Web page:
“Some will maintain they are doing it out of the goodness of their heart, that they’re doing it pro bono, and I suspect they are; others are receiving monies from who knows where, and I’d be curious to have them explain that,” Stimson said.
Below is the full statement written by Brookings Senior Fellow Benjamin Wittes and the names of people who signed the statement:
“The past several days have seen a shameful series of attacks on attorneys in the Department of Justice who, in previous legal practice, either represented Guantanamo detainees or advocated for changes to detention policy. As attorneys, former officials, and policy specialists who have worked on detention issues, we consider these attacks both unjust to the individuals in question and destructive of any attempt to build lasting mechanisms for counterterrorism adjudications.
“The American tradition of zealous representation of unpopular clients is at least as old as John Adams’s representation of the British soldiers charged in the Boston massacre. People come to serve in the Justice Department with a diverse array of prior private clients; that is one of the department’s strengths. The War on Terror raised any number of novel legal questions, which collectively created a significant role in judicial, executive and legislative forums alike for honorable advocacy on behalf of detainees. In several key cases, detainee advocates prevailed before the Supreme Court. To suggest that the Justice Department should not employ talented lawyers who have advocated on behalf of detainees maligns the patriotism of people who have taken honorable positions on contested questions and demands a uniformity of background and view in government service from which no administration would benefit.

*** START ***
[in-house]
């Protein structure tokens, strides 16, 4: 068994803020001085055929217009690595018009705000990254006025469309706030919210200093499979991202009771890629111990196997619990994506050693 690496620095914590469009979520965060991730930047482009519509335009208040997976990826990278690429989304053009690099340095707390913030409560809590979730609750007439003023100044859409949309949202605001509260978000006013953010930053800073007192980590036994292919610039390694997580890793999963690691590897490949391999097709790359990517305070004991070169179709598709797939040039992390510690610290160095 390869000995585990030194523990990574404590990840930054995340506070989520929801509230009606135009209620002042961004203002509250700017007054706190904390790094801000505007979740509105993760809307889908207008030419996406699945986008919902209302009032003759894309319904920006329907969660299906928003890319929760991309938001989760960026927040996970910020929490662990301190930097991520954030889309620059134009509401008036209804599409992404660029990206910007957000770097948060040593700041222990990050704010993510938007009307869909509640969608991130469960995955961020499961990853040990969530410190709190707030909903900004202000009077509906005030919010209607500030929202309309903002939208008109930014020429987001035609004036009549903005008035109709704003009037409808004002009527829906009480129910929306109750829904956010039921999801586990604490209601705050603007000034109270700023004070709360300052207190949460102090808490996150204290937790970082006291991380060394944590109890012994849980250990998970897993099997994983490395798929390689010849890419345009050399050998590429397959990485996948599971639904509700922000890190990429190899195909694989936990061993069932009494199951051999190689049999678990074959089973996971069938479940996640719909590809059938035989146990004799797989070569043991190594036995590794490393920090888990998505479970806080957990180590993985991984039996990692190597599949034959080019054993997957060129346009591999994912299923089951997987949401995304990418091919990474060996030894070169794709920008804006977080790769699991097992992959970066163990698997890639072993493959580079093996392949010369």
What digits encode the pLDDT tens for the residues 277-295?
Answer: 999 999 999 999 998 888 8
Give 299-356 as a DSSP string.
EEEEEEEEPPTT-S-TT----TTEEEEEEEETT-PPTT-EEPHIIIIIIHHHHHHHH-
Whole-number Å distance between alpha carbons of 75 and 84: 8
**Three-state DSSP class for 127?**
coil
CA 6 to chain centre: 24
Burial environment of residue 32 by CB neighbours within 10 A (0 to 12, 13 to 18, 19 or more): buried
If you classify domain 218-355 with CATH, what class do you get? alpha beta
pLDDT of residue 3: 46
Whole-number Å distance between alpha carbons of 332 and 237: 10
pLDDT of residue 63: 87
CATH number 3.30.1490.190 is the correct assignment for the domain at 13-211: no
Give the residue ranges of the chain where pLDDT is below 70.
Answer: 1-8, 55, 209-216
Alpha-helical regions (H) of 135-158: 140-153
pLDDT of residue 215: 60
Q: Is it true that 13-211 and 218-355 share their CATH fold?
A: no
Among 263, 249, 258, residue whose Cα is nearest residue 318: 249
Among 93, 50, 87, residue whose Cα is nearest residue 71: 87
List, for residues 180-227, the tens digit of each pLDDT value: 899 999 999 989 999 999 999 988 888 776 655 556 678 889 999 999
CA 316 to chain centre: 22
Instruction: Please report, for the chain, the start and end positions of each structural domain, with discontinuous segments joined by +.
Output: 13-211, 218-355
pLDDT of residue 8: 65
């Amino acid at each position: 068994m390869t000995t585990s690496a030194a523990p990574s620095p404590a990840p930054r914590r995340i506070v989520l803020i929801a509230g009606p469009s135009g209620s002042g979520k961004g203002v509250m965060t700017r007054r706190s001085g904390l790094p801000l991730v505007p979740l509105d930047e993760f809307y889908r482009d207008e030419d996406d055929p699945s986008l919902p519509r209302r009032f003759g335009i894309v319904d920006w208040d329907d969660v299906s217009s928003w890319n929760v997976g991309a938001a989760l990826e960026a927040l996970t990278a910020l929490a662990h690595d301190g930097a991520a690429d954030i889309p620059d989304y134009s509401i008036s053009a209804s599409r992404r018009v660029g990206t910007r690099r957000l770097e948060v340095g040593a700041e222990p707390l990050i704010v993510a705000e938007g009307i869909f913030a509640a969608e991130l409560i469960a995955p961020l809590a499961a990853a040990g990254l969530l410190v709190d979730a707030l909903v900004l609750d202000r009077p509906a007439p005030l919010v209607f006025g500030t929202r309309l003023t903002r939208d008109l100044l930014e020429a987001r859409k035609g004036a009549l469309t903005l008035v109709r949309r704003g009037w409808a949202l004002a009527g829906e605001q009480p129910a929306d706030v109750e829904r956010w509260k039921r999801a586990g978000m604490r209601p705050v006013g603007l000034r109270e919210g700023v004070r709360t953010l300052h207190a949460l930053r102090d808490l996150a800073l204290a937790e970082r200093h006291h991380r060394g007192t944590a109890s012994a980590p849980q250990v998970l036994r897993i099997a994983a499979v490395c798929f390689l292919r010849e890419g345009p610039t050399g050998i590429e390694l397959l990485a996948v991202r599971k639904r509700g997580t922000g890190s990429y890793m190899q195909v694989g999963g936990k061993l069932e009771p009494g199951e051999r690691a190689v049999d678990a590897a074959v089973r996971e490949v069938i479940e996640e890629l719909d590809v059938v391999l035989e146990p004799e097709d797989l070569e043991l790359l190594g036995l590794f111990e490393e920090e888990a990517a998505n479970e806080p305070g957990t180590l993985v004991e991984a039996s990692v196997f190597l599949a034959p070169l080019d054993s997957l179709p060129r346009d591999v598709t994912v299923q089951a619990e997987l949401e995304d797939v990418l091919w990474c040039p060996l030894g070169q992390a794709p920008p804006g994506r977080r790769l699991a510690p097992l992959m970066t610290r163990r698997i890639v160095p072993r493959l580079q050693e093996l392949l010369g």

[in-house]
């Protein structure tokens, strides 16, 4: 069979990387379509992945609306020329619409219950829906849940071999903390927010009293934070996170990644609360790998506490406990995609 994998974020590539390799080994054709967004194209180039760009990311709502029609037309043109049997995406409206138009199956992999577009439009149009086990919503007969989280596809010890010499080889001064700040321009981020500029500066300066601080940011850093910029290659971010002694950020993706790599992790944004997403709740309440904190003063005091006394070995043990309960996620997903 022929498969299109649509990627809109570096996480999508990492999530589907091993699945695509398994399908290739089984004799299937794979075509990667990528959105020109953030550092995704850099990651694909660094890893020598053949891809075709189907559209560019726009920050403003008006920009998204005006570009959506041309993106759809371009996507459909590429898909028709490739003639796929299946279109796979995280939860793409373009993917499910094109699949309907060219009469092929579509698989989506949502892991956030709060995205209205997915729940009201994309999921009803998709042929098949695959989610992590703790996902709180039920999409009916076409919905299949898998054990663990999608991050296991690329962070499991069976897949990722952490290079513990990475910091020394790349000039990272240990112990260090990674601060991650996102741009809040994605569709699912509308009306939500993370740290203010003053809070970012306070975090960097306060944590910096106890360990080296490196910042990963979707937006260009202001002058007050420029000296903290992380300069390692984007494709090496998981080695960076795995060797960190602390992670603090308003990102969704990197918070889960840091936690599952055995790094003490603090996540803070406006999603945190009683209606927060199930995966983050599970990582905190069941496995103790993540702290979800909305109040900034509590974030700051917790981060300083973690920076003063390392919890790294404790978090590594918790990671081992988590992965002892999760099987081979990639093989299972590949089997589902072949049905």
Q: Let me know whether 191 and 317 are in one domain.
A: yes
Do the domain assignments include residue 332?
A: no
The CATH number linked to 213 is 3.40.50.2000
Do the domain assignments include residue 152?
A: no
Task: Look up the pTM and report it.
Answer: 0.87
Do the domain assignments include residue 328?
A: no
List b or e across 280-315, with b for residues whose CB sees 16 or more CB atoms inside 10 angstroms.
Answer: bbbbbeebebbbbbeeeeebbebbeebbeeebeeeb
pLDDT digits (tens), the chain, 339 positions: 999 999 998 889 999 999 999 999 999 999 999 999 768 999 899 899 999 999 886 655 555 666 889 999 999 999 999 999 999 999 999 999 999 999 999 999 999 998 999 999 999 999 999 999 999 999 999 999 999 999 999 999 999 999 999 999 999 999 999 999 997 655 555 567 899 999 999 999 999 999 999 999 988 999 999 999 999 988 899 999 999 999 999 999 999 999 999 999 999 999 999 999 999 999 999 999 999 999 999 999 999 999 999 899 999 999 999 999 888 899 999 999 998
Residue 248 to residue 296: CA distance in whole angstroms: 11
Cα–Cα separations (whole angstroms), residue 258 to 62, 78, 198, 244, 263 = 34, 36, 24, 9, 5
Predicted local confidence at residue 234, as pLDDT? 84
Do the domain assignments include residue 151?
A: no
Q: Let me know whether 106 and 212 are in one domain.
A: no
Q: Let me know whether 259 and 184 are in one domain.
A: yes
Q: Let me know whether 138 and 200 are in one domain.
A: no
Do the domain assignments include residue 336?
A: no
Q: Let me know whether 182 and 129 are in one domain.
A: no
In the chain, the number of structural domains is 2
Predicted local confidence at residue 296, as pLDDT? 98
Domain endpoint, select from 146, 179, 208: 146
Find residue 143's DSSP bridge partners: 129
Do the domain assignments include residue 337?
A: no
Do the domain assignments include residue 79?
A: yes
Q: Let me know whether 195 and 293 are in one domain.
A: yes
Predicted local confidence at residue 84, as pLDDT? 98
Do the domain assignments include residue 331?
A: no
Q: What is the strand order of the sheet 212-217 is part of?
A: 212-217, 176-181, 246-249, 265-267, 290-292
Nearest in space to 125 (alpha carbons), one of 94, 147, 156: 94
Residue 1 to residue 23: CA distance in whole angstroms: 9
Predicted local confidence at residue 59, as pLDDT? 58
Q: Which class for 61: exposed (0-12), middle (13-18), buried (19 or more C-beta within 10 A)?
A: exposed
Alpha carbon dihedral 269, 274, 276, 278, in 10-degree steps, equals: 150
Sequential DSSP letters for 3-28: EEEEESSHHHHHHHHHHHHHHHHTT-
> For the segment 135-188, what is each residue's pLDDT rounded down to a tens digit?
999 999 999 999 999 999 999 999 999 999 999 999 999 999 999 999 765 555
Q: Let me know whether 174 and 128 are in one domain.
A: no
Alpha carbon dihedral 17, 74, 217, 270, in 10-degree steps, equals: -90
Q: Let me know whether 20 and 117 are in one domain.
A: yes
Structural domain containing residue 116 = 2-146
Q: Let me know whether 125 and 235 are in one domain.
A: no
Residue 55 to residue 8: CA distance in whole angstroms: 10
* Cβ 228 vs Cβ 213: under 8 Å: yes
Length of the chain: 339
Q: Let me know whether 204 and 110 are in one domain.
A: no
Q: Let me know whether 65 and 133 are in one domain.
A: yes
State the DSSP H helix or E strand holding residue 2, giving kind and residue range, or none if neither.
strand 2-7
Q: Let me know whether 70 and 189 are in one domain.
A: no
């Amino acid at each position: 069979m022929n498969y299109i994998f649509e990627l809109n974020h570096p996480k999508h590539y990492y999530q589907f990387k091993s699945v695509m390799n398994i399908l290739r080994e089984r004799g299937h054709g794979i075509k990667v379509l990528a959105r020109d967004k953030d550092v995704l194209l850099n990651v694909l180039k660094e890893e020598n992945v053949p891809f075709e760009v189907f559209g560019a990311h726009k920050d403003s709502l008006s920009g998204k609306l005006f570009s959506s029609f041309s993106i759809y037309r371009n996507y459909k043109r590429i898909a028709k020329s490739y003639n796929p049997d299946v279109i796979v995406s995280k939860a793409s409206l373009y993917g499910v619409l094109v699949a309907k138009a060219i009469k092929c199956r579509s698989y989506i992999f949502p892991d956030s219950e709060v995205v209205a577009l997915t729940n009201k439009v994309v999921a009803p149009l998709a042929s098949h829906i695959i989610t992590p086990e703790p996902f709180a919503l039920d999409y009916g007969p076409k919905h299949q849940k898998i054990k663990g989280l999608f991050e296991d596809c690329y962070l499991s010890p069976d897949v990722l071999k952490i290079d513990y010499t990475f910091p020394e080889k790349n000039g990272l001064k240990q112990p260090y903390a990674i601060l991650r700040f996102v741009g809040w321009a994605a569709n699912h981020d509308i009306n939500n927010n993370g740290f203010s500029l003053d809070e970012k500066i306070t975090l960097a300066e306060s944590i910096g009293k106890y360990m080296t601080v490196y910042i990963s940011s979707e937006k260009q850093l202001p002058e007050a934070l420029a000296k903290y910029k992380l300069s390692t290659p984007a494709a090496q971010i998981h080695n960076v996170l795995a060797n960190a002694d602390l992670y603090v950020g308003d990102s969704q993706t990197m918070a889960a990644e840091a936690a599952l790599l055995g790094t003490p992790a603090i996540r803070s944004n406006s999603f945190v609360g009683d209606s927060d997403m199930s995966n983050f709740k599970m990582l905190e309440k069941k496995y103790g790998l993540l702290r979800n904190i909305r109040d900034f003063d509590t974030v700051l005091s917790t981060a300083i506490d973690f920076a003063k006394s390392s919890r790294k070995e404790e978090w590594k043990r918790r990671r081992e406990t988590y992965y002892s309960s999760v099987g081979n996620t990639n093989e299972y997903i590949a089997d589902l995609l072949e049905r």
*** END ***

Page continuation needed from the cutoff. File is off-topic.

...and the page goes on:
“Such attacks also undermine the Justice system more broadly. In terrorism detentions and trials alike, defense lawyers are playing, and will continue to play, a key role. Whether one believes in trial by military commission or in federal court, detainees will have access to counsel. Guantanamo detainees likewise have access to lawyers for purposes of habeas review, and the reach of that habeas corpus could eventually extend beyond this population. Good defense counsel is thus key to ensuring that military commissions, federal juries, and federal judges have access to the best arguments and most rigorous factual presentations before making crucial decisions that affect both national security and paramount liberty interests. To delegitimize the role detainee counsel play is to demand adjudications and policymaking stripped of a full record. Whatever systems America develops to handle difficult detention questions will rely, at least some of the time, on an aggressive defense bar; those who take up that function do a service to the system.”
· Senior Fellow and Research Director in Public Law, The Brookings Institution
· Member, Hoover Task Force on National Security and Law
· Charles I. Francis Professor in Law, University of Texas School of Law
· Nonresident, Senior Fellow, Governance Studies, The Brookings Institution
· Associate Professor, Columbia Law School
· Former Deputy Assistant Secretary of Defense for Detainee Affairs
· Member, Hoover Task Force on National Security and Law